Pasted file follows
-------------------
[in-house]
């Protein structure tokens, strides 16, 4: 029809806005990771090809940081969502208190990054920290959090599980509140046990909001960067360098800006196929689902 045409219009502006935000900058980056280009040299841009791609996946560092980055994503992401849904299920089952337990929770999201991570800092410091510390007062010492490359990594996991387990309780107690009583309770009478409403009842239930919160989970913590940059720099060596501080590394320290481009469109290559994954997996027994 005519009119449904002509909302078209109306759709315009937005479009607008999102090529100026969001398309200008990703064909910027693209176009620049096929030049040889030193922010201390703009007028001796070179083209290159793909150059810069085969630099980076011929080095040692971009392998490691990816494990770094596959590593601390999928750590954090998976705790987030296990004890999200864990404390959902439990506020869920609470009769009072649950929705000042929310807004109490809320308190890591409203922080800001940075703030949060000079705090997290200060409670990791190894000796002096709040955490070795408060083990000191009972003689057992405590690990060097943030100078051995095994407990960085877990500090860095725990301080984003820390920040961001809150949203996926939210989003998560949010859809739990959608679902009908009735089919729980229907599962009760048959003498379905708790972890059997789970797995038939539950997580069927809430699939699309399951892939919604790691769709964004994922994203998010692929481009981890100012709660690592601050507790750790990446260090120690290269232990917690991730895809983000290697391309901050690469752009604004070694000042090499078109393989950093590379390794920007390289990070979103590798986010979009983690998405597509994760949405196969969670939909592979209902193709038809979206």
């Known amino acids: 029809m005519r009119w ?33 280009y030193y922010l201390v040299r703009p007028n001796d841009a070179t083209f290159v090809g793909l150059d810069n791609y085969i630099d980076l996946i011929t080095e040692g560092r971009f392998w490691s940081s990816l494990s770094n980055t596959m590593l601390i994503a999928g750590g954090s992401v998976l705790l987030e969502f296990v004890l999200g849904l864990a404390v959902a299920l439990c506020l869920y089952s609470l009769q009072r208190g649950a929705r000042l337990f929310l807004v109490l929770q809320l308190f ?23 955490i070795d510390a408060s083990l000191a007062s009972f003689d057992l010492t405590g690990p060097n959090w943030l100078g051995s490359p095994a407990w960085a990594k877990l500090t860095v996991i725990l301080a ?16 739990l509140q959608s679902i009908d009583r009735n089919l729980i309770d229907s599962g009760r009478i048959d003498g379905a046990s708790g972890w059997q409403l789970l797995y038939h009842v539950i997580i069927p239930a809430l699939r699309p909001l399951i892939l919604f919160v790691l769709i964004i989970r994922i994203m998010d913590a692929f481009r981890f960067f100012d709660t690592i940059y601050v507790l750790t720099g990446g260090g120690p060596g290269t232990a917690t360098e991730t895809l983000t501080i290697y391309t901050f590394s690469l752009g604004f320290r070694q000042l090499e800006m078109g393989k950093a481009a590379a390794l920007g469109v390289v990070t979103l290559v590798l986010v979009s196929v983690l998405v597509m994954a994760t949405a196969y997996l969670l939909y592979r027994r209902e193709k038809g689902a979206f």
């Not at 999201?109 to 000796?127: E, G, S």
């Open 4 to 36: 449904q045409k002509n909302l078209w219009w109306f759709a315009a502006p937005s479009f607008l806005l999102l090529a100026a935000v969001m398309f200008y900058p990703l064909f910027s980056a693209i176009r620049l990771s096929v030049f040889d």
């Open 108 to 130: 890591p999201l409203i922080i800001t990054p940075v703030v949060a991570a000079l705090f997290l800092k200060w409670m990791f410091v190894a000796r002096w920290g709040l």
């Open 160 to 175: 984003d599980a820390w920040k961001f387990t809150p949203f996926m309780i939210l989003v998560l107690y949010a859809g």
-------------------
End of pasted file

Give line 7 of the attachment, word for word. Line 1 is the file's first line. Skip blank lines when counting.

């Open 160 to 175: 984003d599980a820390w920040k961001f387990t809150p949203f996926m309780i939210l989003v998560l107690y949010a859809g």